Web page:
Greinasafni: Icelandic Times einnig undir: Veitingar
Do you want some Icelandic lobster?

 On the southern shore of Iceland lies a little village called Eyrarbakki. It has become known in Iceland as the main spot for lobster fishing, making the lobster eaten in Eyrarbakki some of the freshest you can find in. For a taste, a visit to the restaurant “Rauða Húsið” (“The Red House”) is in order. They specialize in seafood, fresh from the harbor.

Both the village Eyrabakki and the house itself have their own interesting history. Eyrabakki used to be one of the most important merchant places in Iceland, famous for the ships that came into harbor during the spring, bringing both news from the outside  world and goods for the people in the South. Back in they days, lobster was not considered a luxury food like it is today, people hardly knew that it was eatable. Therefore lobster fishing did not start off the shore until 1954, beginning in Eyrarbakki. Rauða Húsið, standing on Búðarstígur, right by the coastline, used to belong to Guðmunda Nielsen. She built its oldest part in 1919, after returning home from Copenhagen where she studied business management. She was considered to be an exceptional lady and opened her retail shop right after building the house.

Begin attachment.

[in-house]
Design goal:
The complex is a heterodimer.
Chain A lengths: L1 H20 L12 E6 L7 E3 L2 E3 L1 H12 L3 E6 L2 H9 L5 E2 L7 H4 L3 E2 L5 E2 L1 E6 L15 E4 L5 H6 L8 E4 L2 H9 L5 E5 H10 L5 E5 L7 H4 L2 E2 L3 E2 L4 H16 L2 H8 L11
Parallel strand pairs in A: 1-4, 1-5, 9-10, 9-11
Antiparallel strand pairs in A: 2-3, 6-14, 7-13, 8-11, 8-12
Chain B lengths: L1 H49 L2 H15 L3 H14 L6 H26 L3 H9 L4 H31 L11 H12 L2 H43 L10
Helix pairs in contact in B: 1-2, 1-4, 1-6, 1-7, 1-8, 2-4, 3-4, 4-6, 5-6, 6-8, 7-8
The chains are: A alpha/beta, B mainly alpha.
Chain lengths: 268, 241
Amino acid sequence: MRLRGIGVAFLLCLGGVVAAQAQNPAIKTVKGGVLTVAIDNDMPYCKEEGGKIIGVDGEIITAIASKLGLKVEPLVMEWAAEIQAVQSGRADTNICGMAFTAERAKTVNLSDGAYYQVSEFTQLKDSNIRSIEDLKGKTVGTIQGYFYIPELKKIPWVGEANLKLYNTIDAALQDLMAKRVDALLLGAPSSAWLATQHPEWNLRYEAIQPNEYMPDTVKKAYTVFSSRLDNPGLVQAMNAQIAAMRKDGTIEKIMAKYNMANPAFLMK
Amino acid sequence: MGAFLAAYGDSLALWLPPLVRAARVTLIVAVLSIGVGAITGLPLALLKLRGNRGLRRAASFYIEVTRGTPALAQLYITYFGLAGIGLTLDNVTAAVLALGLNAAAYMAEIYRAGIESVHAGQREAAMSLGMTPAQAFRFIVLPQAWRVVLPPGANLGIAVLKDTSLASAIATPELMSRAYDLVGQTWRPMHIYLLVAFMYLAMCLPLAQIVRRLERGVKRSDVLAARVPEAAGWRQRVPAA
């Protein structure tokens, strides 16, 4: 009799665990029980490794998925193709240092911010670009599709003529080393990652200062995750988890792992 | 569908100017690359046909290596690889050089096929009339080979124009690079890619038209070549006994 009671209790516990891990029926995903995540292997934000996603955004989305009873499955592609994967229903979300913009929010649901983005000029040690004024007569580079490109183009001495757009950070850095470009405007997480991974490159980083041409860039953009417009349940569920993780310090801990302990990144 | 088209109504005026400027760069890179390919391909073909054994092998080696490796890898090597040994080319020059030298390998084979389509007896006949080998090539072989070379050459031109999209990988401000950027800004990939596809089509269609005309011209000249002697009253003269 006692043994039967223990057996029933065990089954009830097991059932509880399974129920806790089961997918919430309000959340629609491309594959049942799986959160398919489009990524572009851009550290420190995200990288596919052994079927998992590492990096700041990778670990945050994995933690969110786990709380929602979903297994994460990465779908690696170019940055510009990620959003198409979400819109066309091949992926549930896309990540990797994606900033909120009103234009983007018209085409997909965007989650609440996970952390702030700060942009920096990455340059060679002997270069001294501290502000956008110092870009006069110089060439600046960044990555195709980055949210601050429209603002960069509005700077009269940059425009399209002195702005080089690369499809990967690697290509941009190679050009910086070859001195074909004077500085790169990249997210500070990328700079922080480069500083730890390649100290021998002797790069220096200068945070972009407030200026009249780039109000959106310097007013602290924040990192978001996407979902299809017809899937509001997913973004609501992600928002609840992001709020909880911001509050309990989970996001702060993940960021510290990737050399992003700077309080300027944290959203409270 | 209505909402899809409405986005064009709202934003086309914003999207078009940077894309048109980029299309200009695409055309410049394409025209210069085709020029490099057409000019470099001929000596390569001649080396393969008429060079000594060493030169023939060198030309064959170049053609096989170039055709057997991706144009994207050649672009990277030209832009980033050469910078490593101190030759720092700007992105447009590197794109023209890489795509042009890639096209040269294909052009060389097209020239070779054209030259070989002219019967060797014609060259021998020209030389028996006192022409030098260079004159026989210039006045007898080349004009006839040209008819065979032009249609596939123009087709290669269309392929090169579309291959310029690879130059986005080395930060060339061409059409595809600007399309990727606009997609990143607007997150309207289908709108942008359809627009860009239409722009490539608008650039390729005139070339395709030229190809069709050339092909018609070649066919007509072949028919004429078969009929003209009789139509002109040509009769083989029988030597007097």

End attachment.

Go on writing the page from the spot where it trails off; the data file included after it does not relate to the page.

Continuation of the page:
The mark of the old times is apparent in the interior decoration, for example in the old wooden floorboards. “The house is quite spacious, we have about 200 seats but the hall is yet not crowded, making the dining more comfortable” says Pétur, who runs the restaurant. “That makes the restaurant suitable for groups of all kinds and we have also a special, convenient menu for them.” One of our most popular dishes is the so called “Catch of the day” which consists of three different seafood dishes made from the freshest ingredients available right there,” says Pétur. “In addition we  have all sorts of delicious fish dishes as well as meat dishes, and we try to use Icelandic ingredients as much as possible, but at the same time we try to mix up international and Icelandic cuisine and make it our own. “In the summertime people can visit us all day long, grab lunch, coffee and cakes in the afternoon and then of course dinner in the evening,” says Pétur.

Further information, such as the menu, is available on the website, where one can also book a table, both for individuals and groups.

Tengt efni

Eldri tölublöð
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